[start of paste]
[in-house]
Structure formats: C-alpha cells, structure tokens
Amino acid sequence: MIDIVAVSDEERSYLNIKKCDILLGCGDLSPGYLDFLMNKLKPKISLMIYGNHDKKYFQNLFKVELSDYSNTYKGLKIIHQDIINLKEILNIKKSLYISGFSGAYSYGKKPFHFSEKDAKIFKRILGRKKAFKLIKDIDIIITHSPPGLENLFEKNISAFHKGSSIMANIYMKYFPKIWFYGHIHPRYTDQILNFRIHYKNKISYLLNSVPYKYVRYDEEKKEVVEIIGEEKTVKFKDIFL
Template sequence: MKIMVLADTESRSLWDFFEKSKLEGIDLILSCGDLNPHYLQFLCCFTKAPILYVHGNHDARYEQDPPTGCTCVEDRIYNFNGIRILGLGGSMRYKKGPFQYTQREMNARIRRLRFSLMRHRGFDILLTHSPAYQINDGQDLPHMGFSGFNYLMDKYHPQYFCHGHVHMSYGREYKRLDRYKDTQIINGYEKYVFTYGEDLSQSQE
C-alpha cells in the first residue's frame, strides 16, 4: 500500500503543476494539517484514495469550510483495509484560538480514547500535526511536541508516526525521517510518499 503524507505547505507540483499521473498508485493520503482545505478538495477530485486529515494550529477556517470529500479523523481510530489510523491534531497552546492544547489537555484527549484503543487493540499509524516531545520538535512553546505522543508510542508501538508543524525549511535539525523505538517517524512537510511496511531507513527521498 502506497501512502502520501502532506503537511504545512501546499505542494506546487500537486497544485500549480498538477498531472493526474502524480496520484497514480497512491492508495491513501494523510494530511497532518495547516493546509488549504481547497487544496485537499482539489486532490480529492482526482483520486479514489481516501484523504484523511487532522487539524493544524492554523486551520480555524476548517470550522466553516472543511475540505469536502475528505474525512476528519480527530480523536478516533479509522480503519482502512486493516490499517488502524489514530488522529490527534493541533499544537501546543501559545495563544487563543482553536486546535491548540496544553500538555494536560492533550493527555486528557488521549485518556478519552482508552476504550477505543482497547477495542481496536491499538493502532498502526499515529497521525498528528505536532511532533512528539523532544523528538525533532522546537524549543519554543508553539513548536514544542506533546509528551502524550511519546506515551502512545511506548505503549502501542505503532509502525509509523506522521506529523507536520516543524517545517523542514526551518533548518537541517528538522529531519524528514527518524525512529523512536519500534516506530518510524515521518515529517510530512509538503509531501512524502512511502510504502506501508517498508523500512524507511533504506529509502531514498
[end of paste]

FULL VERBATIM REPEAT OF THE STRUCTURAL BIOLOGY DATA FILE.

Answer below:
[in-house]
Structure formats: C-alpha cells, structure tokens
Amino acid sequence: MIDIVAVSDEERSYLNIKKCDILLGCGDLSPGYLDFLMNKLKPKISLMIYGNHDKKYFQNLFKVELSDYSNTYKGLKIIHQDIINLKEILNIKKSLYISGFSGAYSYGKKPFHFSEKDAKIFKRILGRKKAFKLIKDIDIIITHSPPGLENLFEKNISAFHKGSSIMANIYMKYFPKIWFYGHIHPRYTDQILNFRIHYKNKISYLLNSVPYKYVRYDEEKKEVVEIIGEEKTVKFKDIFL
Template sequence: MKIMVLADTESRSLWDFFEKSKLEGIDLILSCGDLNPHYLQFLCCFTKAPILYVHGNHDARYEQDPPTGCTCVEDRIYNFNGIRILGLGGSMRYKKGPFQYTQREMNARIRRLRFSLMRHRGFDILLTHSPAYQINDGQDLPHMGFSGFNYLMDKYHPQYFCHGHVHMSYGREYKRLDRYKDTQIINGYEKYVFTYGEDLSQSQE
C-alpha cells in the first residue's frame, strides 16, 4: 500500500503543476494539517484514495469550510483495509484560538480514547500535526511536541508516526525521517510518499 503524507505547505507540483499521473498508485493520503482545505478538495477530485486529515494550529477556517470529500479523523481510530489510523491534531497552546492544547489537555484527549484503543487493540499509524516531545520538535512553546505522543508510542508501538508543524525549511535539525523505538517517524512537510511496511531507513527521498 502506497501512502502520501502532506503537511504545512501546499505542494506546487500537486497544485500549480498538477498531472493526474502524480496520484497514480497512491492508495491513501494523510494530511497532518495547516493546509488549504481547497487544496485537499482539489486532490480529492482526482483520486479514489481516501484523504484523511487532522487539524493544524492554523486551520480555524476548517470550522466553516472543511475540505469536502475528505474525512476528519480527530480523536478516533479509522480503519482502512486493516490499517488502524489514530488522529490527534493541533499544537501546543501559545495563544487563543482553536486546535491548540496544553500538555494536560492533550493527555486528557488521549485518556478519552482508552476504550477505543482497547477495542481496536491499538493502532498502526499515529497521525498528528505536532511532533512528539523532544523528538525533532522546537524549543519554543508553539513548536514544542506533546509528551502524550511519546506515551502512545511506548505503549502501542505503532509502525509509523506522521506529523507536520516543524517545517523542514526551518533548518537541517528538522529531519524528514527518524525512529523512536519500534516506530518510524515521518515529517510530512509538503509531501512524502512511502510504502506501508517498508523500512524507511533504506529509502531514498